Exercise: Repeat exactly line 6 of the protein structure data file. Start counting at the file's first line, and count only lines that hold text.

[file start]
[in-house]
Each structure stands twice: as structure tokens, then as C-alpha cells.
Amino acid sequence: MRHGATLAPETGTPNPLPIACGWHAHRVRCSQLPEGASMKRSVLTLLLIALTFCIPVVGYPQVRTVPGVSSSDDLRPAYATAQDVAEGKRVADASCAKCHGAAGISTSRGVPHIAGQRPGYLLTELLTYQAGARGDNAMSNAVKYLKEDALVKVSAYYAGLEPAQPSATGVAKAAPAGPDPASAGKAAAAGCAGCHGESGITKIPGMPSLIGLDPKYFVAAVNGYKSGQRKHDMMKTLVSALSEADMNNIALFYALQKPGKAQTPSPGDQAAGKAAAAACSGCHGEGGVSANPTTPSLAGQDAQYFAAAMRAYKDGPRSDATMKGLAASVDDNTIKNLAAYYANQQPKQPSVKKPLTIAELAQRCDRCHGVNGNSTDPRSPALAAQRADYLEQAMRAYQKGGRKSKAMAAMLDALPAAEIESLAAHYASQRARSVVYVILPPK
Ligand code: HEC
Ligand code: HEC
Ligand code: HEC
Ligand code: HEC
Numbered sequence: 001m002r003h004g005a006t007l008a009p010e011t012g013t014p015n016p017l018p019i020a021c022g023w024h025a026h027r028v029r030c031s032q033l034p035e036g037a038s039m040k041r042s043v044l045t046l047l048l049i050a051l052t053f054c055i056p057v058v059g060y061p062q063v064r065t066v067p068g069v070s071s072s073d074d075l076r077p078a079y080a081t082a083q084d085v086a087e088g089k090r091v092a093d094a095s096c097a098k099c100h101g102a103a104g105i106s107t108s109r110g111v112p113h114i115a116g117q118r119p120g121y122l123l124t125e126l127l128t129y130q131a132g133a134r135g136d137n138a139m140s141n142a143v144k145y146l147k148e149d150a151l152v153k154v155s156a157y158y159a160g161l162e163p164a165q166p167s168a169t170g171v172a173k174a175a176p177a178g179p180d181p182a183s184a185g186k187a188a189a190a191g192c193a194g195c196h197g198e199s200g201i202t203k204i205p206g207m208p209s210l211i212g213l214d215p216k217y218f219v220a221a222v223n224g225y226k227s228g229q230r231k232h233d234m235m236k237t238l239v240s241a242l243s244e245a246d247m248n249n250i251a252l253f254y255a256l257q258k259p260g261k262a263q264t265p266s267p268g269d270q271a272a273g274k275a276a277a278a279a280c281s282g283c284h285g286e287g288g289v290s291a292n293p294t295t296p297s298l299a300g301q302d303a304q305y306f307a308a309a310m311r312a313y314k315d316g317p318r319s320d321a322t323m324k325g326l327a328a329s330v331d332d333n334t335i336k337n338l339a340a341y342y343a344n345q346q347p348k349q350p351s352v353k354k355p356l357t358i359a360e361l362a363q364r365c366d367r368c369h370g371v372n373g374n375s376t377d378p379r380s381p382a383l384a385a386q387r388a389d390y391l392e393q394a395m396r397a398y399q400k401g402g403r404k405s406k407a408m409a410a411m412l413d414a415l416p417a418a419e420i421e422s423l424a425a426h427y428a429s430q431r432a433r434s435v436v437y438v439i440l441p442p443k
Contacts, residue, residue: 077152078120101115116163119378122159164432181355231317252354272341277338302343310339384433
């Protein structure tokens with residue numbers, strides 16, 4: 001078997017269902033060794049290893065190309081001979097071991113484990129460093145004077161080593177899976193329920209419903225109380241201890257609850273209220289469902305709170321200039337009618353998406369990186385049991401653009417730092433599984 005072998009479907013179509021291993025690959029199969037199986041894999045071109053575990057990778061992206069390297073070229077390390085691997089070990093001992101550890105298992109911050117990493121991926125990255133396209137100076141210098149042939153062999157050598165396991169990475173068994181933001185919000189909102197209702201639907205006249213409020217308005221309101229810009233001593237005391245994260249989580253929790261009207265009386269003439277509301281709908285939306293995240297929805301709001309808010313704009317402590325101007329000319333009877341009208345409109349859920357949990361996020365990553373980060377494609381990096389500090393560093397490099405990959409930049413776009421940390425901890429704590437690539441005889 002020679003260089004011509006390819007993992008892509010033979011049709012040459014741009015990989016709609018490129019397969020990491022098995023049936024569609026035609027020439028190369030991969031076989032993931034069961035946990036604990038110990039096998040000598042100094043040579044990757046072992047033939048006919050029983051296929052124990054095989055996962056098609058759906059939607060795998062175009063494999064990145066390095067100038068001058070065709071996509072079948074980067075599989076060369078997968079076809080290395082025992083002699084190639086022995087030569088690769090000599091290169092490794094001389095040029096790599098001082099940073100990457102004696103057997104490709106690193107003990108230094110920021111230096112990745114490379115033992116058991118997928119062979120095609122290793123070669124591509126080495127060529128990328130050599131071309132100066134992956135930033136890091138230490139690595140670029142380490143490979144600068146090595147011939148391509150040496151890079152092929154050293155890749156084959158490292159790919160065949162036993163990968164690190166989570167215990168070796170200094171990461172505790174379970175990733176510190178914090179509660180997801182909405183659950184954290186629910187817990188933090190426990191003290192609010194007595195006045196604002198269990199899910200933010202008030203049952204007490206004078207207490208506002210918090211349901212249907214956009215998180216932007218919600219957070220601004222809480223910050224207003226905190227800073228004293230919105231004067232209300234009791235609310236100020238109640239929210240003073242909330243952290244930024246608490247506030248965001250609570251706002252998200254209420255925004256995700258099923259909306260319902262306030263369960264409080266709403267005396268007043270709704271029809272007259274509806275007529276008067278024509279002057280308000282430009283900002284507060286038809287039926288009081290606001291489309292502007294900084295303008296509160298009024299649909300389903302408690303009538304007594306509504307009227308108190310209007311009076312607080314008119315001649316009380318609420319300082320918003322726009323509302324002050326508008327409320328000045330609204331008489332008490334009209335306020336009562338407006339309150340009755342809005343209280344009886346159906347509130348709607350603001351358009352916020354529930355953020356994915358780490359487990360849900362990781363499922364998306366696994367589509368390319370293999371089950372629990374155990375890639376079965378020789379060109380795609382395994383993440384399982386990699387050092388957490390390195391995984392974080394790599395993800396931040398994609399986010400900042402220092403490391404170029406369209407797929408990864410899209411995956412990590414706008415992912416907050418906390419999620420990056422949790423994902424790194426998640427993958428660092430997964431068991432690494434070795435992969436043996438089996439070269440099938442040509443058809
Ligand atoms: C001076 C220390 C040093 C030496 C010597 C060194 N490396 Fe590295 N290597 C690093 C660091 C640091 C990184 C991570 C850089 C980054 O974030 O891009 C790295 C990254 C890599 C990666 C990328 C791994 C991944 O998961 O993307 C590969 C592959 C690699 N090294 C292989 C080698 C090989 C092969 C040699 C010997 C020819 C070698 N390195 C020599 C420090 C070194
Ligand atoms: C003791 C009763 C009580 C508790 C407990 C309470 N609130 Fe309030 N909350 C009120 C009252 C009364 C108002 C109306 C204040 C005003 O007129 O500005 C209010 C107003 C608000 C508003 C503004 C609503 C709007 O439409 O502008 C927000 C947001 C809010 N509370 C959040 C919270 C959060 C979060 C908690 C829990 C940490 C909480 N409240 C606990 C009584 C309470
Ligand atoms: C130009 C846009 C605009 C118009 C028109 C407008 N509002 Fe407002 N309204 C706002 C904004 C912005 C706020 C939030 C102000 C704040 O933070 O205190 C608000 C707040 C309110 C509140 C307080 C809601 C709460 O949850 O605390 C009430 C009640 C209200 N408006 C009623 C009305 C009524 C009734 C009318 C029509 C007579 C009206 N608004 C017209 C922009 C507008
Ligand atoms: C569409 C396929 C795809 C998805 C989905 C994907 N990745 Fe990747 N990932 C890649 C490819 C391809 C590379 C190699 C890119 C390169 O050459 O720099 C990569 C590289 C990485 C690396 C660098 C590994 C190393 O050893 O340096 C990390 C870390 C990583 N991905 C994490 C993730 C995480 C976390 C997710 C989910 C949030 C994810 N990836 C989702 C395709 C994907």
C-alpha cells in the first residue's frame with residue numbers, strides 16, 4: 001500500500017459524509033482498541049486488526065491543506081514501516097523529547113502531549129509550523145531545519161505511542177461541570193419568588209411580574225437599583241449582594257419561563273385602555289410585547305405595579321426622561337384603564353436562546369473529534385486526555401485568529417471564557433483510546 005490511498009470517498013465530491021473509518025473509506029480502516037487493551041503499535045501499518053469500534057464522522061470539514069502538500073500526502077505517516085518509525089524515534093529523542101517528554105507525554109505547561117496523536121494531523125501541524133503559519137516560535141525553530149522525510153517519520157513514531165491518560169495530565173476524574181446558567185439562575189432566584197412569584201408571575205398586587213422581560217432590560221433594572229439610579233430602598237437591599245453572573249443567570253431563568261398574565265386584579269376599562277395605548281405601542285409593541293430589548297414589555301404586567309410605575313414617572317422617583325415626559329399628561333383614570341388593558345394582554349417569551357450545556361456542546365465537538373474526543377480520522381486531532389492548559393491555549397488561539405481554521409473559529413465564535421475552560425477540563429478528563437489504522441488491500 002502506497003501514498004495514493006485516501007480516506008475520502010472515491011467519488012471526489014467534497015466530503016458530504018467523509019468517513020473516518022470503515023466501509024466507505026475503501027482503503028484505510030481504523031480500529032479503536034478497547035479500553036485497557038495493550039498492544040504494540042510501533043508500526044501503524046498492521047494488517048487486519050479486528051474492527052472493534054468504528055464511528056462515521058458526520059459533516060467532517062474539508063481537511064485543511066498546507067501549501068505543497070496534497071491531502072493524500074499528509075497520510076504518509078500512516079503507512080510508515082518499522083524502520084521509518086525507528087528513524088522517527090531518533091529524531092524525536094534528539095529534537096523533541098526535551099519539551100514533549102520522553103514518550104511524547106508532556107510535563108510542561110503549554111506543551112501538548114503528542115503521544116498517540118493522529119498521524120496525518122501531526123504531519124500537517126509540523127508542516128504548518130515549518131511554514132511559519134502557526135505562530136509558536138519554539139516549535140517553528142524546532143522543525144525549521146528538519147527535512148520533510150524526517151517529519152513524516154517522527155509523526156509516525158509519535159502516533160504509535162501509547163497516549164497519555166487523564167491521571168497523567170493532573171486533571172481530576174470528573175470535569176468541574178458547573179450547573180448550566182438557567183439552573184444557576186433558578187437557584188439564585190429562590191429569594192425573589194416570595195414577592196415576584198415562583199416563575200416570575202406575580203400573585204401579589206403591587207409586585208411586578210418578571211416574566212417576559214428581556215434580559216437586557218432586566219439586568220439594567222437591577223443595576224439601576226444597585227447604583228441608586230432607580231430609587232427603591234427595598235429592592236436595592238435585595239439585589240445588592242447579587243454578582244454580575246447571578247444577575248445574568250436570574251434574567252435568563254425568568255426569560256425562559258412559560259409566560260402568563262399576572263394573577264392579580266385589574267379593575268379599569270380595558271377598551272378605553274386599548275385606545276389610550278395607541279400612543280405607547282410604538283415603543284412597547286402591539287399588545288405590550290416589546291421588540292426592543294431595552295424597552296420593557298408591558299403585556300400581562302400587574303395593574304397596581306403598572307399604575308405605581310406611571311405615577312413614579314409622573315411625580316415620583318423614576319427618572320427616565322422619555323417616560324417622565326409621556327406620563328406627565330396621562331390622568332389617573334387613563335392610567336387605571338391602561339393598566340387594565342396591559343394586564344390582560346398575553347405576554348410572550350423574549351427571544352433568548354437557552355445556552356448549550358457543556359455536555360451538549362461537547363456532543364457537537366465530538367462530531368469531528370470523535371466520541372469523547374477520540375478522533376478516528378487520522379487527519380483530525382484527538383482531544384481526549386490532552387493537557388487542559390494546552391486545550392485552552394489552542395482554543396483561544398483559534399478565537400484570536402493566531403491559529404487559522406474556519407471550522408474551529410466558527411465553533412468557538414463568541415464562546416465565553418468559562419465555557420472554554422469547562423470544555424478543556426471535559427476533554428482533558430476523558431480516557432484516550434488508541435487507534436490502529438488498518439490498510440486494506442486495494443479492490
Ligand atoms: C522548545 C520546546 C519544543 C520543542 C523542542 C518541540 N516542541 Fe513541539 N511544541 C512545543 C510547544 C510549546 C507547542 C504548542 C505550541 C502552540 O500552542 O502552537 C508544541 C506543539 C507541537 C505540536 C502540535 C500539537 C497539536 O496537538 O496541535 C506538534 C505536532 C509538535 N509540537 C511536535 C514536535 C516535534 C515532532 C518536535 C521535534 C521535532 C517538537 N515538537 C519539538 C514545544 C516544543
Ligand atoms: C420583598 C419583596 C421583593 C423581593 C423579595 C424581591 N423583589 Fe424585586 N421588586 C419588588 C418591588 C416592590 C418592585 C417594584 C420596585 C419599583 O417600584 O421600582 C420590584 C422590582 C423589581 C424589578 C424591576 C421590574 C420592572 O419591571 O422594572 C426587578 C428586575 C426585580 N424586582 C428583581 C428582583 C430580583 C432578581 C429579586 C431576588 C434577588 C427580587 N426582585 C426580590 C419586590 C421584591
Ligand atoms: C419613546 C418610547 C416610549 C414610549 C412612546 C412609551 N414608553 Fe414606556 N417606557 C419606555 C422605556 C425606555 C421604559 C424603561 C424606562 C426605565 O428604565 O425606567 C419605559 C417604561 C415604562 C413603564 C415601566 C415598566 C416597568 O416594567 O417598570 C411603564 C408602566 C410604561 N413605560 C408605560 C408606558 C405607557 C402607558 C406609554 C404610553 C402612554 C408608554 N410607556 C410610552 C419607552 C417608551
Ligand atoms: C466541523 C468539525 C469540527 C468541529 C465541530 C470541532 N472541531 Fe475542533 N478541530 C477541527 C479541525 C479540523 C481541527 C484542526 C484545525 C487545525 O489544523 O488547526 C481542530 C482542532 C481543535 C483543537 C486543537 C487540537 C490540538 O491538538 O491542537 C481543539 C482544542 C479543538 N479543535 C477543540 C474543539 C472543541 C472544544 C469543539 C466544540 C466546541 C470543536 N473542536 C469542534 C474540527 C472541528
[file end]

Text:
Ligand code: HEC